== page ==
I have yet to cross a whole ocean without using wings and a rather larger jet engine, but I am glad to have had the aerial perspective on them – the infinity of blues and greens and greys, flecked with white cresty bits, stretching out below, an immense watery blanket over the Earth. Talk about making you feel super small as your eyes struggle to pick out a container ship which you know in real terms must be massive.
They will certainly seem so if I happen to bump into one while heading to Mauritius next year in my wee boat. And wee she is – just 6 metres long. Yet sitting inside the cabin the other week when I went to visit, it seemed (dare I say it?!) spacious. I could sit upright with my legs outstretched and not have to hunch or squash myself in. I digress – the point is, that on my wee boat that ocean is going to seem mighty big and wide. And still, in my very excitable stage I can’t wait for that point – to be out of sight of land, and therefore safe from the coast and its dangers, and also well and truly underway. I am sure there will be many moments of missing family and friends, yearnings for fresh food or a bed that doesn’t move, but right now I am buzzing from the build up to it all.
My excitement for the first out-of-sight-of-land moment next year was re-awoken when I came across a quote that a very dear friend of mine had sent me. Walter Raleigh says it in ‘Elisabeth: The Golden Age’ (2007) , talking of discovering the New World. Now, while I don’t expect I will be discovering any new physical landmasses, (even though my geography is somewhat lacking!), I imagine I will discover new sides of myself and my perception of life, the universe and everything – this is a journey in more ways than one. One which, I am sure, will exhilarate me, exhaust me, inspire me, scare me, enthuse me, drain me, ware me, teach me, heal me and remind me each day just what it is to be alive. And what it is to cross an ocean, too, living the adventure that has for so long been in my head and my heart. Happy days indeed.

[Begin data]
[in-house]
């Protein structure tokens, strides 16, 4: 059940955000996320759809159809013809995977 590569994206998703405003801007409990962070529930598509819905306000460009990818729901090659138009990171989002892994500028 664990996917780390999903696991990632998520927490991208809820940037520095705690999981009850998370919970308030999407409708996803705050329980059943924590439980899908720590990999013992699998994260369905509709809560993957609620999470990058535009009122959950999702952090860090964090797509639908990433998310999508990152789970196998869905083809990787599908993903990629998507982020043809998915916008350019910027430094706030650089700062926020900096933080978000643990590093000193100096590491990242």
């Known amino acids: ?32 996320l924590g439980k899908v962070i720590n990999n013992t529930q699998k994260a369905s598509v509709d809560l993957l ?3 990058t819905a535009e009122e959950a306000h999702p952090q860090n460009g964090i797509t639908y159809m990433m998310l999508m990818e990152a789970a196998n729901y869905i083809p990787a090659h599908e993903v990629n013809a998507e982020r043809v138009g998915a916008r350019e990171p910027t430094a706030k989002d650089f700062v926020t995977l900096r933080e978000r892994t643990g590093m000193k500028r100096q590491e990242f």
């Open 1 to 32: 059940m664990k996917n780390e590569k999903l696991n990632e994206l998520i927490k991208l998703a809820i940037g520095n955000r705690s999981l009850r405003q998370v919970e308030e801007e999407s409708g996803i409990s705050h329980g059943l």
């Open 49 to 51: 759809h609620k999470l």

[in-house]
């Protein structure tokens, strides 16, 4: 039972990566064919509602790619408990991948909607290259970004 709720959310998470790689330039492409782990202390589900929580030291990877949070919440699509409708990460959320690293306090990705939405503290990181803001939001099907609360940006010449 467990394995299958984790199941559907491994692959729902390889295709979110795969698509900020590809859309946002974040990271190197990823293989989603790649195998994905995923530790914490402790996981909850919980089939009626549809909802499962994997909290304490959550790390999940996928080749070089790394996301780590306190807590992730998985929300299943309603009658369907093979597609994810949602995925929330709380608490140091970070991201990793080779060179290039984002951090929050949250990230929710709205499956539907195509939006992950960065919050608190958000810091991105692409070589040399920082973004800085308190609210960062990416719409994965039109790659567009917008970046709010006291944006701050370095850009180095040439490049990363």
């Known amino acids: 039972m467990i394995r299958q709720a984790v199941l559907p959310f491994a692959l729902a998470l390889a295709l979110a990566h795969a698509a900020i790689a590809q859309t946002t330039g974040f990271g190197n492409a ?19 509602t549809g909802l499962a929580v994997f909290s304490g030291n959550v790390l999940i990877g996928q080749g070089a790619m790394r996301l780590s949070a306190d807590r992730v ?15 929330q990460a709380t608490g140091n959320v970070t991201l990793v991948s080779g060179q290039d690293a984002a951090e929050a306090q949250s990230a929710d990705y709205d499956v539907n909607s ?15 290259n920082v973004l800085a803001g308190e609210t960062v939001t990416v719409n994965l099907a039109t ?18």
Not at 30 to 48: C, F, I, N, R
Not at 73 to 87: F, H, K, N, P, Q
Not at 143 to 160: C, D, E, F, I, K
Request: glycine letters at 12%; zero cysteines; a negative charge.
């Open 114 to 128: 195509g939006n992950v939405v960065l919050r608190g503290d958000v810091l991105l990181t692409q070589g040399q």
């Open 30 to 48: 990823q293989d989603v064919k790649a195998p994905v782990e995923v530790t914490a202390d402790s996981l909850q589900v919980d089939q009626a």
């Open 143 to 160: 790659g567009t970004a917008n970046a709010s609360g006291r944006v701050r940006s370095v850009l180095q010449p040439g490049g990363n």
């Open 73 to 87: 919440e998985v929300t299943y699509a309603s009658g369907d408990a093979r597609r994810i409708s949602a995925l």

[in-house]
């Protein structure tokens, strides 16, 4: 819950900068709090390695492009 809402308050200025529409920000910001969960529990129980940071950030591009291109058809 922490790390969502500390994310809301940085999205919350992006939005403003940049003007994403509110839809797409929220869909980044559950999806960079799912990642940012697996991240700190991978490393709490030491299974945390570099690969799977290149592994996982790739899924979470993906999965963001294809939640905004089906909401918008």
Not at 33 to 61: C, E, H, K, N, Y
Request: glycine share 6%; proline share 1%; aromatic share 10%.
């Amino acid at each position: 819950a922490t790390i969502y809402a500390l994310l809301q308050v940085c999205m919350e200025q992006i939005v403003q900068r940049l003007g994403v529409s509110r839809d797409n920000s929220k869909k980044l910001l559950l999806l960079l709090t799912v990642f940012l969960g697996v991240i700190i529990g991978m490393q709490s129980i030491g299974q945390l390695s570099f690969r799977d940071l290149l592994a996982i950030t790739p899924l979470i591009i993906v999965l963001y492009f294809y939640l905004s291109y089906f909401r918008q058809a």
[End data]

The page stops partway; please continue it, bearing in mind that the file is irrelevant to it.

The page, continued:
So – here to Monsieur Walter and his wisdom.
â€˜It begins with a journey. You must cross an ocean. Can you imagine – can you feel – what it is to cross an ocean? For weeks you see nothing but the horizon. All round you. Perfect, and empty. Your ship is small – tiny – a speck in such immensity. You live with fear, in the grip of fear – fear of storms, fear of sickness on board, fear of the immensity. What if you never escape? How can you escape? Thereâ€™s nowhere to go. So you must drive your fear down, deep into your belly, and study your charts, and watch your compass, and pray for a fair wind â€“ and hope. Pure naked fragile hope, when all your senses scream at you, Lost! Lost! Imagine it. Day after day, staring west, the rising sun on your back, the setting sun in your eyes, hoping, hoping â€“ At first itâ€™s no more than a haze on the horizon, the ghost of a haze, the pure line corrupted. But clouds do that, and storms. So you watch, you watch. Then itâ€™s a smudge, a shadow on the far water. For a day, for another day, the stain slowly spreads along the horizon, and takes form – until on the third day you let yourself believe.
You dare to whisper the word – land! Land. Life. Resurrection. The true adventure. Coming out of the vast unknown, out of the immensity, into safe harbour at last. ‘
This really puts things into perspective… I no longer want to cross an ocean, but it gives me a new respect for those who have crossed an ocean in the passed and in the present. Beautifully written too!